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Research project

STEADFAST - Sustainable energy and food transitions

This project has received funding via the CIVICA Research call 2021, which is funded from the European Union’s Horizon 2020 research and innovation programme, under the CIVICA Research project. Additionally, CIVICA research projects receive financing from national funding sources and partners' own resources.

Recent literature demonstrates that avoiding dangerous climate change is possible if clean technologies backed by strong institutions are rapidly introduced around the world. However, this scholarship has been criticized for its predominant focus on supply-side technical solutions while disregarding behavioural and societal factors affecting demand for energy and natural resources. Another criticism has been that not everything envisioned in climate mitigation scenarios developed employing modelling tools is feasible in the real world.

STEADFAST addresses both criticisms by advancing the understanding of feasibility of worldwide dietary and energy demand changes necessary for achieving the Paris climate targets. The project builds on complementary expertise in energy and climate modelling (Bocconi), mechanisms of energy transitions (CEU), and drivers of climate attitudes and behaviours (EUI). It advances a common framework whereby social mechanisms identified through historical evidence are used to construct a ‘feasibility space’ for mapping future climate action. We will construct feasibility spaces for energy demand and dietary changes and use these to assess the feasibility of transitions envisioned in climate mitigation scenarios.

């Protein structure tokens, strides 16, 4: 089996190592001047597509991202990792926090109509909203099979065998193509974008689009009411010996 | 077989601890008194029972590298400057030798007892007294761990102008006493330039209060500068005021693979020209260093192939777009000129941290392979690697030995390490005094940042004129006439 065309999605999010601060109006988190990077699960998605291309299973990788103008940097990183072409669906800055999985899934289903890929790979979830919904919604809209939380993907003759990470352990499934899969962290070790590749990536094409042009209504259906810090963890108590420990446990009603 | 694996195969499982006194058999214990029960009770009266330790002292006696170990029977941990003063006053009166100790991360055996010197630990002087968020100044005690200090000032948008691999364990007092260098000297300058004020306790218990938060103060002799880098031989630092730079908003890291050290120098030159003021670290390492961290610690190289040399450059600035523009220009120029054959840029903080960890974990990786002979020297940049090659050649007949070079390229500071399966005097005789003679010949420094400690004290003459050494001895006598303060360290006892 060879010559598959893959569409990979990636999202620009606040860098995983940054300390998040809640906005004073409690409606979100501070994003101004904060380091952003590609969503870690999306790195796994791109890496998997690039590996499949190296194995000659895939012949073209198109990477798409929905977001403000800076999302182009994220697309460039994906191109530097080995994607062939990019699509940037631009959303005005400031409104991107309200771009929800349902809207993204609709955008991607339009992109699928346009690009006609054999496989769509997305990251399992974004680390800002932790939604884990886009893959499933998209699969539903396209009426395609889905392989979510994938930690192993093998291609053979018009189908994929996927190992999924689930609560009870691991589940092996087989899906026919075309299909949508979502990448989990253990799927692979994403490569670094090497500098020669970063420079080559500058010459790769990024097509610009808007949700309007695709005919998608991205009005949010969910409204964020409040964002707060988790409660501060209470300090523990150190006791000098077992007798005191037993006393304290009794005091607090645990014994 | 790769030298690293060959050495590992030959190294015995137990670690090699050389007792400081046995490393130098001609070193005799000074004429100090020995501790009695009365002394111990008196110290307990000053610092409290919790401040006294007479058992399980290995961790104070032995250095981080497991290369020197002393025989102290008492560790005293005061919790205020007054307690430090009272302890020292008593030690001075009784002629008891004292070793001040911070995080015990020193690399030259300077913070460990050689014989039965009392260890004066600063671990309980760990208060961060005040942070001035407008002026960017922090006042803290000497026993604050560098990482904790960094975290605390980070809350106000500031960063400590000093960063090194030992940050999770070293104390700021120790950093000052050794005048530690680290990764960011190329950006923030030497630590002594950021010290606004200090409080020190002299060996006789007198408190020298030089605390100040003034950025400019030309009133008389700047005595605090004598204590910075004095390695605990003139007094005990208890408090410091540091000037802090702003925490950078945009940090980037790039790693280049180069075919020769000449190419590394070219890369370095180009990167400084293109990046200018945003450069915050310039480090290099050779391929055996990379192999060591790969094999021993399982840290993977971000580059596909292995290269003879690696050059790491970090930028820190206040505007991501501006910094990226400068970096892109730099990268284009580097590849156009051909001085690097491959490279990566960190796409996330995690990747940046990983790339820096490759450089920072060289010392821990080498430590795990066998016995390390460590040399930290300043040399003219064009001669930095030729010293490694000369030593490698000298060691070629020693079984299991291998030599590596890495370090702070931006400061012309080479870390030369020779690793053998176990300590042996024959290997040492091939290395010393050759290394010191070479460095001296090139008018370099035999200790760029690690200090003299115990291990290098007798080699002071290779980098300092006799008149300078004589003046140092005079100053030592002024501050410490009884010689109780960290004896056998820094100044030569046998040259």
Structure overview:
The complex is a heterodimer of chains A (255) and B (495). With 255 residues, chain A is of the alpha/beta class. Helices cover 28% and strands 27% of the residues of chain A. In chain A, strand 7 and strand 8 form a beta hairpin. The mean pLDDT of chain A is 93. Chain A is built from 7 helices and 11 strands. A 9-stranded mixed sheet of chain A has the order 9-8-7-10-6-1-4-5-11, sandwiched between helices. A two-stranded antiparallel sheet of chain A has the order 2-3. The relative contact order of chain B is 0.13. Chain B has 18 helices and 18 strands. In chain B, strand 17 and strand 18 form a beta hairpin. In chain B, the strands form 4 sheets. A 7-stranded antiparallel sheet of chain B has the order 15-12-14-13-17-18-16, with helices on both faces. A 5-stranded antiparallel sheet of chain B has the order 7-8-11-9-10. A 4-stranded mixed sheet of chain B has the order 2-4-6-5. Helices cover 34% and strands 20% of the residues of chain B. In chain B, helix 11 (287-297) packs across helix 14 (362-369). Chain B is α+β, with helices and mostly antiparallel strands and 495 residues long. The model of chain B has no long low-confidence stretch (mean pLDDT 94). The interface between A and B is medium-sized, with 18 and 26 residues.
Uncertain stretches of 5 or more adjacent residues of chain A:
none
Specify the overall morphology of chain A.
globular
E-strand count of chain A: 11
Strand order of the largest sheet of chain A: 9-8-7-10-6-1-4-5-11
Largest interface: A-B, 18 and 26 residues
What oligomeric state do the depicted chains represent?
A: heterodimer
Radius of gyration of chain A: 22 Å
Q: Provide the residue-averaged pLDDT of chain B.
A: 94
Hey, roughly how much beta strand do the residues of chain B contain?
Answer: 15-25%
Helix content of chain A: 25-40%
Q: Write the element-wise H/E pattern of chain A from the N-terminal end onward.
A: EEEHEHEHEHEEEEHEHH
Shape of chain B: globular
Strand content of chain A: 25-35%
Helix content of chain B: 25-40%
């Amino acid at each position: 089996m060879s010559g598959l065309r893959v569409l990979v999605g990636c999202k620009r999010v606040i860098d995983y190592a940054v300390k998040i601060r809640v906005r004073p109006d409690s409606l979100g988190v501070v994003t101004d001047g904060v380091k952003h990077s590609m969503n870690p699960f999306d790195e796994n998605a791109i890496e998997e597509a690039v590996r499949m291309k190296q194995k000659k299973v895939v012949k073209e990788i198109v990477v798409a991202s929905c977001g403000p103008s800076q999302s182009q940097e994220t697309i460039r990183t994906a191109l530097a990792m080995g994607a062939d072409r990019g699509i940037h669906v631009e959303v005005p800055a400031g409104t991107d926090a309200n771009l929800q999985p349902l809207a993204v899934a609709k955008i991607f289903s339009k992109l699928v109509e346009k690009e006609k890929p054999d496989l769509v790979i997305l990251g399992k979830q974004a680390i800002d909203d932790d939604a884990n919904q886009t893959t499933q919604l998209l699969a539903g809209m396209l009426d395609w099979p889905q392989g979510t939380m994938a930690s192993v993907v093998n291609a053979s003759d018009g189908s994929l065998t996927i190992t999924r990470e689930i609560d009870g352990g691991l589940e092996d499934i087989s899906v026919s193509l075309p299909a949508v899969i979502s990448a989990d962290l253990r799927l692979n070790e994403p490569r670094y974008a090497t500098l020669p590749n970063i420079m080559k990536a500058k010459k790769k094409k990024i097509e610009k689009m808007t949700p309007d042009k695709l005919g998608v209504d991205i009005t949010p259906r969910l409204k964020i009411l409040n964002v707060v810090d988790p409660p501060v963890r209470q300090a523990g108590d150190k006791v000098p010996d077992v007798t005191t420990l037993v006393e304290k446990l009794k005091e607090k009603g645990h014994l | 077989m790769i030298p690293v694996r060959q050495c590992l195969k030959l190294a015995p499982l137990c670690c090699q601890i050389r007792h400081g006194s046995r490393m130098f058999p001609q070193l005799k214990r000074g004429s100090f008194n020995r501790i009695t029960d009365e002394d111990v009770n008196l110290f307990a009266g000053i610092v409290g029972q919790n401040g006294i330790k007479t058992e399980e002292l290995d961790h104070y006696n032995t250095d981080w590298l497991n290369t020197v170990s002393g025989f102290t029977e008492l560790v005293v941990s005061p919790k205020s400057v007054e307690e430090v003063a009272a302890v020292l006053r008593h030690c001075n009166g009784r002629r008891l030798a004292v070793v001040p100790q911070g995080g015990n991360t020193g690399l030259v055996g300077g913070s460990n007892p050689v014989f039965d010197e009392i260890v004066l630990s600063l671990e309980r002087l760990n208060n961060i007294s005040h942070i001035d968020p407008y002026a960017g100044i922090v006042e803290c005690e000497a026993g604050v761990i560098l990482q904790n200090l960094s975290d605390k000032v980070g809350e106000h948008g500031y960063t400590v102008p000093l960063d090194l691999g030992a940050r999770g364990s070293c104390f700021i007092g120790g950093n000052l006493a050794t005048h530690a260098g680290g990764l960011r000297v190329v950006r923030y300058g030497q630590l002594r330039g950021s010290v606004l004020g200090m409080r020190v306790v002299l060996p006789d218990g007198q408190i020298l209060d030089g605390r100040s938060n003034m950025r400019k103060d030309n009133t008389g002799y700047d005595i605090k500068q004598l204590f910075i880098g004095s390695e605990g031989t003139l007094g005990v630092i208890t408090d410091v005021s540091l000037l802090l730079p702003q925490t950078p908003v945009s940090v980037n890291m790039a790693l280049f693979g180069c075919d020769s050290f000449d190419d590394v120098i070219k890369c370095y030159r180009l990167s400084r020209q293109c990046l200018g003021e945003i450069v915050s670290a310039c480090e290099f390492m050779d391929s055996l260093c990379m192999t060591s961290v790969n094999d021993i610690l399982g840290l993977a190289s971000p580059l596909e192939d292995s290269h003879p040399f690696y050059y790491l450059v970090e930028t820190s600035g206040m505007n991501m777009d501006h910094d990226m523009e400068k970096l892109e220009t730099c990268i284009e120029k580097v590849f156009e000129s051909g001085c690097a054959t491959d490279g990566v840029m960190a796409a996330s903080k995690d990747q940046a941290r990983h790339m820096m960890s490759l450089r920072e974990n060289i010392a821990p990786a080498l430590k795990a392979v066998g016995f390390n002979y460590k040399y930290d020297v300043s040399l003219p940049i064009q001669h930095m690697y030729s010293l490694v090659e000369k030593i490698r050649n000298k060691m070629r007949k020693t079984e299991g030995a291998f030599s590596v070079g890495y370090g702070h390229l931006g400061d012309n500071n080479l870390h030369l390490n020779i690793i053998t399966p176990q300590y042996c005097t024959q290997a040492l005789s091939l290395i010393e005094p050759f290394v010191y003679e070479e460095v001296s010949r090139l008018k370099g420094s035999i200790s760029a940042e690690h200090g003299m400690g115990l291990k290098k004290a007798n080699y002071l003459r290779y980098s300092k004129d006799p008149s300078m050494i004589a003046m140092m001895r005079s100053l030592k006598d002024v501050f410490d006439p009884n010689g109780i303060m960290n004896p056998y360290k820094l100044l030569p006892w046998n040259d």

The project will analyse historical evidence on decoupling of economic growth and energy, the energy targets and plans in selected developing countries, as well as meat consumption trends and their determinants. Subsequently, this historical evidence, consolidated into feasibility spaces, will be used for assessing the feasibility of demand for energy and food in IPCC 1.5°C and 2°C climate pathways in order to identify the regions, time-periods and sectors with most significant bottlenecks, as well as present recommendations for constructing more realistic pathways.


The CIVICA collaborative research projects gather scholars from CIVICA universities to conduct policy relevant research on major societal challenges. Following CIVICA's first call for collaborative research proposals, eleven proposals were selected for funding under CIVICA Research. Last year, in a second call, eleven more were selected, many involving the EUI.

CIVICA Research brings together researchers from eight leading European universities in the social sciences to contribute knowledge and solutions to the world’s most pressing challenges. The project aims to strengthen the research & innovation pillar of the European University alliance CIVICA. CIVICA Research is funded by the EU’s Horizon 2020 research and innovation programme.

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